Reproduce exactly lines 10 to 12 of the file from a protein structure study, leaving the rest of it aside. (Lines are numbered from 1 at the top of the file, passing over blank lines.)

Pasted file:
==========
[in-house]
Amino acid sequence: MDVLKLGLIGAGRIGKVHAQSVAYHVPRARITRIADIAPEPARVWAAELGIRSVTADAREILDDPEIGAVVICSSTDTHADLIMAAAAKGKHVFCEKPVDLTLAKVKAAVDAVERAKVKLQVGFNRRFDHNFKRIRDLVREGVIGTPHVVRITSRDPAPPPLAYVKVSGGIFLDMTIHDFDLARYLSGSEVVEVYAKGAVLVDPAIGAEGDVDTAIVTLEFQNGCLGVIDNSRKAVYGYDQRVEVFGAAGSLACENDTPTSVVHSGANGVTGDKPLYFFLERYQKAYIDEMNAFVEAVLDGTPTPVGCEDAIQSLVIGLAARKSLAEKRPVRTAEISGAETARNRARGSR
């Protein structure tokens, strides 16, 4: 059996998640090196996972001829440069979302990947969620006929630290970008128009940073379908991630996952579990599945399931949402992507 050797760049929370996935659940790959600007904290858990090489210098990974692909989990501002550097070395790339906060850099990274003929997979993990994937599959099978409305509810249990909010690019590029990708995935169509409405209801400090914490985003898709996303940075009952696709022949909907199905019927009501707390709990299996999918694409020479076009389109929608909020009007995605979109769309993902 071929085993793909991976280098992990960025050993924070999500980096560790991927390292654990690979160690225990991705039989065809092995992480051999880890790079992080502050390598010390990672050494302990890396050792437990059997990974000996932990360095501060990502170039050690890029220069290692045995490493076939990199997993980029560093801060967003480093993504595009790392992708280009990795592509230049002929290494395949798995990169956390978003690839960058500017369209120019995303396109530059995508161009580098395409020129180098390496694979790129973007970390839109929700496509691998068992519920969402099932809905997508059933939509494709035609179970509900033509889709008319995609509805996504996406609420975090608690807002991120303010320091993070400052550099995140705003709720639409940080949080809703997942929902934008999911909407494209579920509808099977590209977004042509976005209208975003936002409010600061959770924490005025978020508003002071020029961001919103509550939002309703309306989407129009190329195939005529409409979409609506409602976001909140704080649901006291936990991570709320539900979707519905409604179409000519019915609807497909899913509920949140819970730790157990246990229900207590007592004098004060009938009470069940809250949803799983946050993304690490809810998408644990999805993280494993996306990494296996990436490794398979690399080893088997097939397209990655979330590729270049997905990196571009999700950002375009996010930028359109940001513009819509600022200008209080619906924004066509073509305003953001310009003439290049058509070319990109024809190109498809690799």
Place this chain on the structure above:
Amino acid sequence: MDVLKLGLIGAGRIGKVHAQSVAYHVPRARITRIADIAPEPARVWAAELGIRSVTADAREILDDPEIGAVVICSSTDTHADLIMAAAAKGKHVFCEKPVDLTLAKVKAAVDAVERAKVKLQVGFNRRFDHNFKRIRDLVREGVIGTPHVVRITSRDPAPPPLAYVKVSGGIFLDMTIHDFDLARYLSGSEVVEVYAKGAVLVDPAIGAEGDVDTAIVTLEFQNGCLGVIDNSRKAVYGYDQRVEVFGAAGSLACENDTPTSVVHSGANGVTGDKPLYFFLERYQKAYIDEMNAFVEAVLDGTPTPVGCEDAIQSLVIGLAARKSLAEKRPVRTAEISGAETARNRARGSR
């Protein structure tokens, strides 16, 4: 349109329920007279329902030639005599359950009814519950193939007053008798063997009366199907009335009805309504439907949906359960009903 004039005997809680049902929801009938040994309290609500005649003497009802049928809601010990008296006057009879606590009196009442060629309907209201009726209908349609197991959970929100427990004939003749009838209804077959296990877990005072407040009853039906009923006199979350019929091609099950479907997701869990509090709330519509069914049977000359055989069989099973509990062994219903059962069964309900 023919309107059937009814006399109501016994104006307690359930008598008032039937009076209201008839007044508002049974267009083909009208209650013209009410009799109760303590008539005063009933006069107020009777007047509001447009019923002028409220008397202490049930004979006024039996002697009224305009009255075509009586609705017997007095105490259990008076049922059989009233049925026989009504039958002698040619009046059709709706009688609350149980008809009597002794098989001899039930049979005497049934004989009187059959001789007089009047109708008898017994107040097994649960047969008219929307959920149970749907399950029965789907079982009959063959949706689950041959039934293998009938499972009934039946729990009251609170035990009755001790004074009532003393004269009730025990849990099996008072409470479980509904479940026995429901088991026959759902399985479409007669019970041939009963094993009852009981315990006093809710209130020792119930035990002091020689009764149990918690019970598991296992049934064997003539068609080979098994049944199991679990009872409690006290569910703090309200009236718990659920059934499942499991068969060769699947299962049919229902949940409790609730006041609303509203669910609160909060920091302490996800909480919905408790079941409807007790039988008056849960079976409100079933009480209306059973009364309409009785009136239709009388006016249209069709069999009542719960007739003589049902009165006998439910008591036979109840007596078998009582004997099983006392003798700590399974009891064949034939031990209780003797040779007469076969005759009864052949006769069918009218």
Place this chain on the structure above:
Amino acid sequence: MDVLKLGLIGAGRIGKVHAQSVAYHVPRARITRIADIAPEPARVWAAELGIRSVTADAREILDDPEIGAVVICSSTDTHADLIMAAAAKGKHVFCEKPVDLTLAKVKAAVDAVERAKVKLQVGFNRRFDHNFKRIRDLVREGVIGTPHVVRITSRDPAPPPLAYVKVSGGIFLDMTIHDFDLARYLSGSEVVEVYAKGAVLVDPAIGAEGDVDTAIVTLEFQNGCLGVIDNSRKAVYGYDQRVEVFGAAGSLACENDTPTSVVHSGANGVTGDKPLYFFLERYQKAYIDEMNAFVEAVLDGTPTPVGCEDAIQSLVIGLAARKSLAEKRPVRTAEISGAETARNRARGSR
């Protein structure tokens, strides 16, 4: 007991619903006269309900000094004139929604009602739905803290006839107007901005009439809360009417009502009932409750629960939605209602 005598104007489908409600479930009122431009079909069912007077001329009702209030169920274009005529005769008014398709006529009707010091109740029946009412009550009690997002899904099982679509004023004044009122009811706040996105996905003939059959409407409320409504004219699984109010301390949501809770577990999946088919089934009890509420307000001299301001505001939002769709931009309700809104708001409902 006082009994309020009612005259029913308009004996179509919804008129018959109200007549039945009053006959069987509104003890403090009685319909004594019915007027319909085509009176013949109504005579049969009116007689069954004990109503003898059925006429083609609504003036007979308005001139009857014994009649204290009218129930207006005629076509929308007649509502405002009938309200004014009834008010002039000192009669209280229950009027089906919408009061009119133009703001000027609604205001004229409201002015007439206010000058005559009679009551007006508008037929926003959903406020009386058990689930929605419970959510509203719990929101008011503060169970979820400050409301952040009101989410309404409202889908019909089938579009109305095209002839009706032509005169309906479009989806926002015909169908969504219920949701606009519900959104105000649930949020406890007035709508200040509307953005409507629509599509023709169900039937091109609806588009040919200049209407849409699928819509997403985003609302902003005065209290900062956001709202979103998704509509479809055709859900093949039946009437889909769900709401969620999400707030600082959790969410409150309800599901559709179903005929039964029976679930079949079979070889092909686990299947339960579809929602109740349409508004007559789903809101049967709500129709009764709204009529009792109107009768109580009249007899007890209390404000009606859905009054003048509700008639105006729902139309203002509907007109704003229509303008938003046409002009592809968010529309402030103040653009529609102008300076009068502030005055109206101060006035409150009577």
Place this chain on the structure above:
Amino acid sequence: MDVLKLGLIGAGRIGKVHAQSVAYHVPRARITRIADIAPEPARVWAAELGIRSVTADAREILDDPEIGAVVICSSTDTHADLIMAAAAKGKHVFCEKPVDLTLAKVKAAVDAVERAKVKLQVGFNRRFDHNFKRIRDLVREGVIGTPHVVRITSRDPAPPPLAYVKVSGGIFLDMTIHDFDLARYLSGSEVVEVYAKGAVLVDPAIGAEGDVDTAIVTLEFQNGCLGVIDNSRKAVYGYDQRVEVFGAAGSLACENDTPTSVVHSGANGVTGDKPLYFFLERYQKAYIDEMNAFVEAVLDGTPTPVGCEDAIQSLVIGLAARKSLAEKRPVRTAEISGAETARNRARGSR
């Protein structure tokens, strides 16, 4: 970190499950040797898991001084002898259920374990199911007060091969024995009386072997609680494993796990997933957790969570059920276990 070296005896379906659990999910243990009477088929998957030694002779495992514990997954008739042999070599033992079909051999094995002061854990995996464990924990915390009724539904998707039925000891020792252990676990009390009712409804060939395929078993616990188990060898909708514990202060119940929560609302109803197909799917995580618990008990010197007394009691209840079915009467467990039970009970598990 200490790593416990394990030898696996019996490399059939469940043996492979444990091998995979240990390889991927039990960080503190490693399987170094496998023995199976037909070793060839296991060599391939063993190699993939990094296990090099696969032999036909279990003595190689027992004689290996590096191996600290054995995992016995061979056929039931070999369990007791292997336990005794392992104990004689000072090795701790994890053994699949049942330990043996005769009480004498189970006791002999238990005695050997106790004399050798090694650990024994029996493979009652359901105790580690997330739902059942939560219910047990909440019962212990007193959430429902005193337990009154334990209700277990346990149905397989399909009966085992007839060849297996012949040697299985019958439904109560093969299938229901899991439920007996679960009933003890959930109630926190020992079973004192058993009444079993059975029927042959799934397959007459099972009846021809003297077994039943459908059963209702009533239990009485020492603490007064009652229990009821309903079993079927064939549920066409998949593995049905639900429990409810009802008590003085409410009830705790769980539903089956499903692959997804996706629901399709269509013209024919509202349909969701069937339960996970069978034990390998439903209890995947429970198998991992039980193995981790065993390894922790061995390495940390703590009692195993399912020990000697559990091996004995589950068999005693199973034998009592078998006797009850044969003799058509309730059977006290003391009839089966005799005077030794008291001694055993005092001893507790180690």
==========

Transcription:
Place this chain on the structure above:
Amino acid sequence: MDVLKLGLIGAGRIGKVHAQSVAYHVPRARITRIADIAPEPARVWAAELGIRSVTADAREILDDPEIGAVVICSSTDTHADLIMAAAAKGKHVFCEKPVDLTLAKVKAAVDAVERAKVKLQVGFNRRFDHNFKRIRDLVREGVIGTPHVVRITSRDPAPPPLAYVKVSGGIFLDMTIHDFDLARYLSGSEVVEVYAKGAVLVDPAIGAEGDVDTAIVTLEFQNGCLGVIDNSRKAVYGYDQRVEVFGAAGSLACENDTPTSVVHSGANGVTGDKPLYFFLERYQKAYIDEMNAFVEAVLDGTPTPVGCEDAIQSLVIGLAARKSLAEKRPVRTAEISGAETARNRARGSR
């Protein structure tokens, strides 16, 4: 970190499950040797898991001084002898259920374990199911007060091969024995009386072997609680494993796990997933957790969570059920276990 070296005896379906659990999910243990009477088929998957030694002779495992514990997954008739042999070599033992079909051999094995002061854990995996464990924990915390009724539904998707039925000891020792252990676990009390009712409804060939395929078993616990188990060898909708514990202060119940929560609302109803197909799917995580618990008990010197007394009691209840079915009467467990039970009970598990 200490790593416990394990030898696996019996490399059939469940043996492979444990091998995979240990390889991927039990960080503190490693399987170094496998023995199976037909070793060839296991060599391939063993190699993939990094296990090099696969032999036909279990003595190689027992004689290996590096191996600290054995995992016995061979056929039931070999369990007791292997336990005794392992104990004689000072090795701790994890053994699949049942330990043996005769009480004498189970006791002999238990005695050997106790004399050798090694650990024994029996493979009652359901105790580690997330739902059942939560219910047990909440019962212990007193959430429902005193337990009154334990209700277990346990149905397989399909009966085992007839060849297996012949040697299985019958439904109560093969299938229901899991439920007996679960009933003890959930109630926190020992079973004192058993009444079993059975029927042959799934397959007459099972009846021809003297077994039943459908059963209702009533239990009485020492603490007064009652229990009821309903079993079927064939549920066409998949593995049905639900429990409810009802008590003085409410009830705790769980539903089956499903692959997804996706629901399709269509013209024919509202349909969701069937339960996970069978034990390998439903209890995947429970198998991992039980193995981790065993390894922790061995390495940390703590009692195993399912020990000697559990091996004995589950068999005693199973034998009592078998006797009850044969003799058509309730059977006290003391009839089966005799005077030794008291001694055993005092001893507790180690």